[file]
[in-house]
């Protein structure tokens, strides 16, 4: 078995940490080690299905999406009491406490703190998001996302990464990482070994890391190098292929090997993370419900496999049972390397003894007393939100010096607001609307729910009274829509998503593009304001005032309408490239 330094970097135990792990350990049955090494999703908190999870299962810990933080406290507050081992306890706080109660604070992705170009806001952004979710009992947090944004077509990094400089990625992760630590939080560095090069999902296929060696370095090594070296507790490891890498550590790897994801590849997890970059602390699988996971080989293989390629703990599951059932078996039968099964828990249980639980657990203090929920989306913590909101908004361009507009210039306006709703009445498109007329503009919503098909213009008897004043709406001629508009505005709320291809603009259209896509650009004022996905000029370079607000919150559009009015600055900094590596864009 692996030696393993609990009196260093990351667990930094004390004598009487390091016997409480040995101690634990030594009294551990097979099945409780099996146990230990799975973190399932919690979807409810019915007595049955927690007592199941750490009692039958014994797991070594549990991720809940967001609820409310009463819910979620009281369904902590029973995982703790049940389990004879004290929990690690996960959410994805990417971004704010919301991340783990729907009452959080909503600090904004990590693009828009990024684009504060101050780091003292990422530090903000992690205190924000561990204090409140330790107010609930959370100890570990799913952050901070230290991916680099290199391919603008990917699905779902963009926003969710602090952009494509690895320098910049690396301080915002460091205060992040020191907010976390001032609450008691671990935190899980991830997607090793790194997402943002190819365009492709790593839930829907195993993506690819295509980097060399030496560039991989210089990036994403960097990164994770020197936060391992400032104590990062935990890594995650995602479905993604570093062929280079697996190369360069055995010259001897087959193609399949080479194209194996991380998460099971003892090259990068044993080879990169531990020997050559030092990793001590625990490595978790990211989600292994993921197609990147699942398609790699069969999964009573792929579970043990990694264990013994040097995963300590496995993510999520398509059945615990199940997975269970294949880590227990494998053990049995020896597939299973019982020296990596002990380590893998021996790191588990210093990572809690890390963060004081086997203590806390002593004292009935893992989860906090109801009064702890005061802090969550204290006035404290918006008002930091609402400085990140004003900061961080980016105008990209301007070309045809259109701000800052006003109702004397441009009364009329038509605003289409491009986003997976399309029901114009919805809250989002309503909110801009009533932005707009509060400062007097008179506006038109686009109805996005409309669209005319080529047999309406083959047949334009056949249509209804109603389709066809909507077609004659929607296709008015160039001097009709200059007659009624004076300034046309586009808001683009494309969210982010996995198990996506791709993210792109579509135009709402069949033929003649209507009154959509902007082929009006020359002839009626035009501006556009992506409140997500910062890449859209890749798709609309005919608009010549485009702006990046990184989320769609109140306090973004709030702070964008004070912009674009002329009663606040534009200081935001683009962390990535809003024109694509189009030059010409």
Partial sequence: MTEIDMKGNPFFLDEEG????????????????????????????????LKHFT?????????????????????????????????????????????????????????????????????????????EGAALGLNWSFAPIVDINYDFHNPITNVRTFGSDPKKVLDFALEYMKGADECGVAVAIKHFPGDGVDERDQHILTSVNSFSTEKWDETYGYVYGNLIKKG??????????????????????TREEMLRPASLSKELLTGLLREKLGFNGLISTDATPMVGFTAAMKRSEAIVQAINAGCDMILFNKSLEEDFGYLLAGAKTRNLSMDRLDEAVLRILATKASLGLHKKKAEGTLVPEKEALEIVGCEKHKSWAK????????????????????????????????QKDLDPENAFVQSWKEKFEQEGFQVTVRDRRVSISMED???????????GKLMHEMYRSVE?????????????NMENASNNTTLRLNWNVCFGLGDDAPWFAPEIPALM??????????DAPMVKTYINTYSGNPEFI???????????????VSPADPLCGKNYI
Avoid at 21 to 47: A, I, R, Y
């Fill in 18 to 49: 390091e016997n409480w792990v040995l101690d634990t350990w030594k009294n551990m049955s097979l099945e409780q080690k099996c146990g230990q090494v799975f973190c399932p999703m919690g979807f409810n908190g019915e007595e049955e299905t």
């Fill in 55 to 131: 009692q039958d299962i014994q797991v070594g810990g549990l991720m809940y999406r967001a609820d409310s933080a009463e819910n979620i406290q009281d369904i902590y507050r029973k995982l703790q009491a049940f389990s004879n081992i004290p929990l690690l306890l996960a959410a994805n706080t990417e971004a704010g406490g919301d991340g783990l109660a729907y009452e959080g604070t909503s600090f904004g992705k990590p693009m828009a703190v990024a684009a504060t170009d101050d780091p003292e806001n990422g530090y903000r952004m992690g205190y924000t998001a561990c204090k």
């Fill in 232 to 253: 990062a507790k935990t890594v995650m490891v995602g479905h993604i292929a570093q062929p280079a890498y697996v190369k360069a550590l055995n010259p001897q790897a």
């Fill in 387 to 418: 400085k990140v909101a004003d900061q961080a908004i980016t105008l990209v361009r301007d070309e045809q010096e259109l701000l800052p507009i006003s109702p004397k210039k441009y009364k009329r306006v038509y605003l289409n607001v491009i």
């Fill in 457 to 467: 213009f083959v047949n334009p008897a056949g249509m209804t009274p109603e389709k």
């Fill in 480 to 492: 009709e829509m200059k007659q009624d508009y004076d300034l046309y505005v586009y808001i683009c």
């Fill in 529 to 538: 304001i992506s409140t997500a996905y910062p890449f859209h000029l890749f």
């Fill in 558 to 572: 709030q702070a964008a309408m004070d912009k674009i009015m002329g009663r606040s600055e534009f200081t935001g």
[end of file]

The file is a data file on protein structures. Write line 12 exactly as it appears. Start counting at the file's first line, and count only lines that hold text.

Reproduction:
């Fill in 558 to 572: 709030q702070a964008a309408m004070d912009k674009i009015m002329g009663r606040s600055e534009f200081t935001g």